A Michigan Court of Claims just has granted a preliminary injunction to vape shop owners from the Upper Peninsula and mid-Michigan areas seeking to block the state’s ban on selling flavored vaping products.

Judge Cynthia Stephens issued the ruling nearly two weeks after the state’s rules took effect seeking to curb youth vaping.

In her ruling, Stephens said the facts of the case “weigh in favor of granting relief.” The ruling barred the state from enforcing the rules “until further order of this court.”

Gov. Gretchen Whitmer announced the ban in September citing concerns about the number of youth using the flavored products and an increase in vaping-related illnesses. The emergency rules banning the flavors were issued by Whitmer after Michigan Department of Health and Human Services Chief Medical Executive Dr. Joneigh Khaldun declared a public health emergency due to the increase in e-cigarette use by young people.

Marc Slis, owner of 906 Vapor in Houghton, first challenged the state’s emergency rules. He said the ban would effectively put him out of business and force him into bankruptcy. Slis was later joined by Cary and Ramona Lee, owners of A Clean Cigarette Corporation with nearly 20 locations in Michigan, in attempts to block the state’s ban.

According to the Saginaw-based A Clean Cigarette Corporation owners, the stores were making between $13,000 and $14,000 a day. After the ban, Ramona Lee said the stores are averaging $9,000 a day. They had 20 stores located around the state, with 53 employees. After the ban, Ramona Lee said one store has already closed, and nine more were expected to close by the end of October.

More than 3.6 million middle and high school students currently use e-cigarettes, according to the latest National Youth Tobacco Study. A Yale Medicine article said nicotine can spell trouble at any life stage, but it is particularly dangerous before the brain is fully developed, which happens around age 25.

Whitmer was quick to call Judge Stephens’ ruling “wrong” and said it “sets a dangerous precedent of a court second-guessing the expert judgement of public health officials dealing with a crisis.” Whitmer pointed to Khaldun’s findings of an emergency as reason to issue the ban; in Stephens’ ruling, she said an eight-month delay in data MDHHS had and the rules undermined the emergency.

In a statement, Whitmer said she took bold action to protect public health and said she plans to appeal directly to the Michigan Supreme Court “to request a quick and final ruling.”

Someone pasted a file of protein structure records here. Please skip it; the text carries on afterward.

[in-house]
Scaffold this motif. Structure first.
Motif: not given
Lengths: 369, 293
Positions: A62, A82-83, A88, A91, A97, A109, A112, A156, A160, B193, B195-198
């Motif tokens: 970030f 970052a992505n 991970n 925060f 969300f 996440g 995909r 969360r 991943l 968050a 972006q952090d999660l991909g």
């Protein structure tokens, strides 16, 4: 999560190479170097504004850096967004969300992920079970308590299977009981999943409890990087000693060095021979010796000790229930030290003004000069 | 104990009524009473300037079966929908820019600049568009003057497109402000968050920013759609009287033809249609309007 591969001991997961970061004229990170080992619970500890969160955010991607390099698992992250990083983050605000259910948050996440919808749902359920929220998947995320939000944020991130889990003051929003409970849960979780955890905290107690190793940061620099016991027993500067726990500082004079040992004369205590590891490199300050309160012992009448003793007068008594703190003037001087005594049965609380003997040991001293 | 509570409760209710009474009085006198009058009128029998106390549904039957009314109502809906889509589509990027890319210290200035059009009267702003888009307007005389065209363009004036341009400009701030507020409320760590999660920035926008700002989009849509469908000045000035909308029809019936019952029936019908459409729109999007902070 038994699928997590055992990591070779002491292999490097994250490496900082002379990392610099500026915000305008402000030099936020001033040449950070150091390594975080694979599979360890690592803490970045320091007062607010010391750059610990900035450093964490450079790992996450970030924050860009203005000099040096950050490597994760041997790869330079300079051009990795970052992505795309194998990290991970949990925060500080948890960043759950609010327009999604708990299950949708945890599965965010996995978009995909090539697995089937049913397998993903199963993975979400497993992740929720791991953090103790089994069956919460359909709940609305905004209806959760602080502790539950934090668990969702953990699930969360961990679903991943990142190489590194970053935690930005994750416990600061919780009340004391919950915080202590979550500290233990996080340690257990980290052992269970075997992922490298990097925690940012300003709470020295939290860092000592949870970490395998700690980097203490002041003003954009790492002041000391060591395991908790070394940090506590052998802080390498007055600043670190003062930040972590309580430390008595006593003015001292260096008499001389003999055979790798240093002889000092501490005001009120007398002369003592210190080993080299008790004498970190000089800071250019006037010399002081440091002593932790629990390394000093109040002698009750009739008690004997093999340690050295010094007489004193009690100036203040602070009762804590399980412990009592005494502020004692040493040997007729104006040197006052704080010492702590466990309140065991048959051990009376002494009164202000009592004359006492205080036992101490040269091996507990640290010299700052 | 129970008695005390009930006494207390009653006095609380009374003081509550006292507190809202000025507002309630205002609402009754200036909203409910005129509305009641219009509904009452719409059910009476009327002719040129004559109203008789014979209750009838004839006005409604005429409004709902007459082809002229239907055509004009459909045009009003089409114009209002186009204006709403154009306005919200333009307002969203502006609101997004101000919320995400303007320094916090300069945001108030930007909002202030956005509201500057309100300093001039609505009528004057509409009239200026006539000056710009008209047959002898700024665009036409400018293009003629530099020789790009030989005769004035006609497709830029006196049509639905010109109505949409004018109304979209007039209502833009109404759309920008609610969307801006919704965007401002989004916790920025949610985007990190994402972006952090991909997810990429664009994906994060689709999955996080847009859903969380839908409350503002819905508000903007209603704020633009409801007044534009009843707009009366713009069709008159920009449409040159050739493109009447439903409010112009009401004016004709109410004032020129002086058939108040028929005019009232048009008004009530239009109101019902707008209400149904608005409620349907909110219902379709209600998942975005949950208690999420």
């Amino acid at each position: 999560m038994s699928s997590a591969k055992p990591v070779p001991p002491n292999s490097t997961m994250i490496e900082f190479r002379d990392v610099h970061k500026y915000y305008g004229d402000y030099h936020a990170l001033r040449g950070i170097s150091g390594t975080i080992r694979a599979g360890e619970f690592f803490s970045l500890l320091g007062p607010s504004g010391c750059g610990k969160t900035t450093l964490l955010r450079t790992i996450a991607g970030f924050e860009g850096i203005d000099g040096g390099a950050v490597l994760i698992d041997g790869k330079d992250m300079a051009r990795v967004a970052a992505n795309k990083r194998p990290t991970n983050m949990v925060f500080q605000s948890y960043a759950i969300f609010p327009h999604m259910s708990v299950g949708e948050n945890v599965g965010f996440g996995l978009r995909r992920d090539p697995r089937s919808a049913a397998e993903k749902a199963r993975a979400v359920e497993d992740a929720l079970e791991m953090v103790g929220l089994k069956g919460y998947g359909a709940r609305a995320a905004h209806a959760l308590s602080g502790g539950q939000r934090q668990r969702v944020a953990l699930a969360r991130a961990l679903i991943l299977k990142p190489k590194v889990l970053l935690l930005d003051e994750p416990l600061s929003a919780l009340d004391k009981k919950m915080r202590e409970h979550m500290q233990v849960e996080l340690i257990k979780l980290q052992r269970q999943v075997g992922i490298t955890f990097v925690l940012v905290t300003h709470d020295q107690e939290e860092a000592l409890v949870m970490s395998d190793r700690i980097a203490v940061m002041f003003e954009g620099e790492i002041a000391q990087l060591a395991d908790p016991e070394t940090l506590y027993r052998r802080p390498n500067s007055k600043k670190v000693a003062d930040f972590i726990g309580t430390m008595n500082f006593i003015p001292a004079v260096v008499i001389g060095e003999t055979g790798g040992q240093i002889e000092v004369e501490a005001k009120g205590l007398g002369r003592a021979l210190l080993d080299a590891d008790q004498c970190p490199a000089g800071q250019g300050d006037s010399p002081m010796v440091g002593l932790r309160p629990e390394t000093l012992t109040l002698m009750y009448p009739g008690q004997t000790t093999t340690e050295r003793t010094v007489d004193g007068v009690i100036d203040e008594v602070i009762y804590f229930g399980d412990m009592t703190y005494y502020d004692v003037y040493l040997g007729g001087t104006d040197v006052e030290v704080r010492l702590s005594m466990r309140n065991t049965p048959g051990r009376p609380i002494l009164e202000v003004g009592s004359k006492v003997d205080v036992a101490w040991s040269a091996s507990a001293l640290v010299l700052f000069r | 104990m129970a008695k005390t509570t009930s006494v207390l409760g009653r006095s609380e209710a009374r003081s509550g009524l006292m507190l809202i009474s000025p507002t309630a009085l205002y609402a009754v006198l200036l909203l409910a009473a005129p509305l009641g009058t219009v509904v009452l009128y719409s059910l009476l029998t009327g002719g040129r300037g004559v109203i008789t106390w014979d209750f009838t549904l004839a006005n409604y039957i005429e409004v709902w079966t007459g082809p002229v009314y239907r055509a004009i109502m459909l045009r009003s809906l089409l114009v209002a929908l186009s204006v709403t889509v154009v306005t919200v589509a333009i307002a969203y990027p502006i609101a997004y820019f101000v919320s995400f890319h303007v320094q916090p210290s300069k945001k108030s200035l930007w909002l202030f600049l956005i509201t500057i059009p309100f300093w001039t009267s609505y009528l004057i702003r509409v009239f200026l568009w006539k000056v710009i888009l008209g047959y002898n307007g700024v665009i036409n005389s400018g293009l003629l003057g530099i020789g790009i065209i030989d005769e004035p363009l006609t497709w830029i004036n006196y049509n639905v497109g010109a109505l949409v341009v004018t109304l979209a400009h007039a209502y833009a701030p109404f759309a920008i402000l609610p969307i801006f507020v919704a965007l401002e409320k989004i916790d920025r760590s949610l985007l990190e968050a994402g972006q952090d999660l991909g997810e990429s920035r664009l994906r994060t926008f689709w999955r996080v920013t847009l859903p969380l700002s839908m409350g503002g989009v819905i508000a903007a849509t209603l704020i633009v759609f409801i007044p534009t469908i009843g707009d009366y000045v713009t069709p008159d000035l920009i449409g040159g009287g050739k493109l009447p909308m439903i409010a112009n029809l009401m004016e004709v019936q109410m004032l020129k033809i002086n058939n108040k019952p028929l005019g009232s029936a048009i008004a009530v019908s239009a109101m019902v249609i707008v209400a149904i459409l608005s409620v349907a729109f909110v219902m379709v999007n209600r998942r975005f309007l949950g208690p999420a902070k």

“Enough is enough. Our kids deserve leaders who will fight to protect them. That’s exactly what I’m doing today,” Whitmer said.

The science and data does not draw a definitive conclusion for the negative health impacts and vaping. Michigan had its first vaping related death on Oct. 2, according to MDHHS. Other states have issued similar temporary bans on the flavored vaping products.

Several of the people who testified during the two-day hearing in Detroit, including Slis and Cary Lee, said they used flavored vape products to help them quit smoking cigarettes. Slis and Lee both said they thrive on helping their customers kick the habit, too. Khaldun said the Food and Drug Administration has not approved vaping as a smoking cessation tool.

The Defend MI Rights Coalition, a group of civil liberties and small business advocates, praised Stephens’ ruling.

“We are pleased today that the court saw the ban of flavored vaping products for what it truly is: an overreach of government into the lives of adults. We agree with Judge Stephens, the rules are invalid, and we are thankful that she saw the truth,” said Andrea Bitely, spokeswoman for the group that formed to oppose the vaping ban. “We are ready to work through the normal legislative process to arrive at a balanced solution that protects the rights of adults to use vaping products as an alternative to combustible cigarettes and at the same time get these products out of the children’s hands.”

The Attorney General’s Office is representing the state in the case. Kelly Rossman-McKinney, spokesperson for the department, said Attorney General Dana Nessel is committed to “protect the health of Michigan’s children.”

“The youth vaping crisis is an urgent public health matter that demands immediate action,” Nessel said via statement. “To that end we are preparing to seek an immediate stay and will seek leave to appeal the judge’s decision directly to the Supreme Court.”

Read full article here.

Mikenzie Frost – Sinclair Broadcast Group – October 15, 2019.


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